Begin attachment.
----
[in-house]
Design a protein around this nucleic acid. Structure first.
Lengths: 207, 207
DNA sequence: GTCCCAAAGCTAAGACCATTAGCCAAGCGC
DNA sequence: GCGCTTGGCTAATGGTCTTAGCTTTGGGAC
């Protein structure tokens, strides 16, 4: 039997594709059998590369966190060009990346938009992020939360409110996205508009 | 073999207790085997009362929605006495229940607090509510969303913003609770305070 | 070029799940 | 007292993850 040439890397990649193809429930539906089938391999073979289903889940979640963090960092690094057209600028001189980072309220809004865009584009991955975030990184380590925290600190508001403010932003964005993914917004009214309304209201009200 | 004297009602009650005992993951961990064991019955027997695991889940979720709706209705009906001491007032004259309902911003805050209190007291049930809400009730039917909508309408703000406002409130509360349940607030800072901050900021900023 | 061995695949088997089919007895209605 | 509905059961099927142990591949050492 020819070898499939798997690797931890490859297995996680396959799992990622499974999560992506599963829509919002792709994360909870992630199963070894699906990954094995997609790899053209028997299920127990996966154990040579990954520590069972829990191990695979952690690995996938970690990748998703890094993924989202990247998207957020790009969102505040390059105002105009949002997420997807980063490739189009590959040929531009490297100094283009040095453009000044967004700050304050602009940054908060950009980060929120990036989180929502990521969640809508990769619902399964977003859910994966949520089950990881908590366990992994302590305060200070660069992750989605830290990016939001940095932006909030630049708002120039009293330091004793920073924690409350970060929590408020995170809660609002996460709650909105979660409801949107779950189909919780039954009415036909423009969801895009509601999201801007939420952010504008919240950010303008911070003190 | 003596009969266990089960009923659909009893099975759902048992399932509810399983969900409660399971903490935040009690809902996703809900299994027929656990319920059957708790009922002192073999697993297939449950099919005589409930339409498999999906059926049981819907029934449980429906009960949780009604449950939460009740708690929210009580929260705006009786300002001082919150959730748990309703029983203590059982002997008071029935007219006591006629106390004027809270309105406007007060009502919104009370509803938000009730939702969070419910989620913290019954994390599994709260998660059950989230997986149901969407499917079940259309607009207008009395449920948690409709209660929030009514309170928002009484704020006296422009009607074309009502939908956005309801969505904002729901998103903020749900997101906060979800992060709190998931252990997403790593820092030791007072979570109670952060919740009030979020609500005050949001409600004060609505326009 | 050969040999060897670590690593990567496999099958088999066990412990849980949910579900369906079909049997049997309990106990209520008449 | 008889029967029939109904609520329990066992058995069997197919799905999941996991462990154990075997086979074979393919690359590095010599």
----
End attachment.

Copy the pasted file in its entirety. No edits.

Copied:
[in-house]
Design a protein around this nucleic acid. Structure first.
Lengths: 207, 207
DNA sequence: GTCCCAAAGCTAAGACCATTAGCCAAGCGC
DNA sequence: GCGCTTGGCTAATGGTCTTAGCTTTGGGAC
């Protein structure tokens, strides 16, 4: 039997594709059998590369966190060009990346938009992020939360409110996205508009 | 073999207790085997009362929605006495229940607090509510969303913003609770305070 | 070029799940 | 007292993850 040439890397990649193809429930539906089938391999073979289903889940979640963090960092690094057209600028001189980072309220809004865009584009991955975030990184380590925290600190508001403010932003964005993914917004009214309304209201009200 | 004297009602009650005992993951961990064991019955027997695991889940979720709706209705009906001491007032004259309902911003805050209190007291049930809400009730039917909508309408703000406002409130509360349940607030800072901050900021900023 | 061995695949088997089919007895209605 | 509905059961099927142990591949050492 020819070898499939798997690797931890490859297995996680396959799992990622499974999560992506599963829509919002792709994360909870992630199963070894699906990954094995997609790899053209028997299920127990996966154990040579990954520590069972829990191990695979952690690995996938970690990748998703890094993924989202990247998207957020790009969102505040390059105002105009949002997420997807980063490739189009590959040929531009490297100094283009040095453009000044967004700050304050602009940054908060950009980060929120990036989180929502990521969640809508990769619902399964977003859910994966949520089950990881908590366990992994302590305060200070660069992750989605830290990016939001940095932006909030630049708002120039009293330091004793920073924690409350970060929590408020995170809660609002996460709650909105979660409801949107779950189909919780039954009415036909423009969801895009509601999201801007939420952010504008919240950010303008911070003190 | 003596009969266990089960009923659909009893099975759902048992399932509810399983969900409660399971903490935040009690809902996703809900299994027929656990319920059957708790009922002192073999697993297939449950099919005589409930339409498999999906059926049981819907029934449980429906009960949780009604449950939460009740708690929210009580929260705006009786300002001082919150959730748990309703029983203590059982002997008071029935007219006591006629106390004027809270309105406007007060009502919104009370509803938000009730939702969070419910989620913290019954994390599994709260998660059950989230997986149901969407499917079940259309607009207008009395449920948690409709209660929030009514309170928002009484704020006296422009009607074309009502939908956005309801969505904002729901998103903020749900997101906060979800992060709190998931252990997403790593820092030791007072979570109670952060919740009030979020609500005050949001409600004060609505326009 | 050969040999060897670590690593990567496999099958088999066990412990849980949910579900369906079909049997049997309990106990209520008449 | 008889029967029939109904609520329990066992058995069997197919799905999941996991462990154990075997086979074979393919690359590095010599």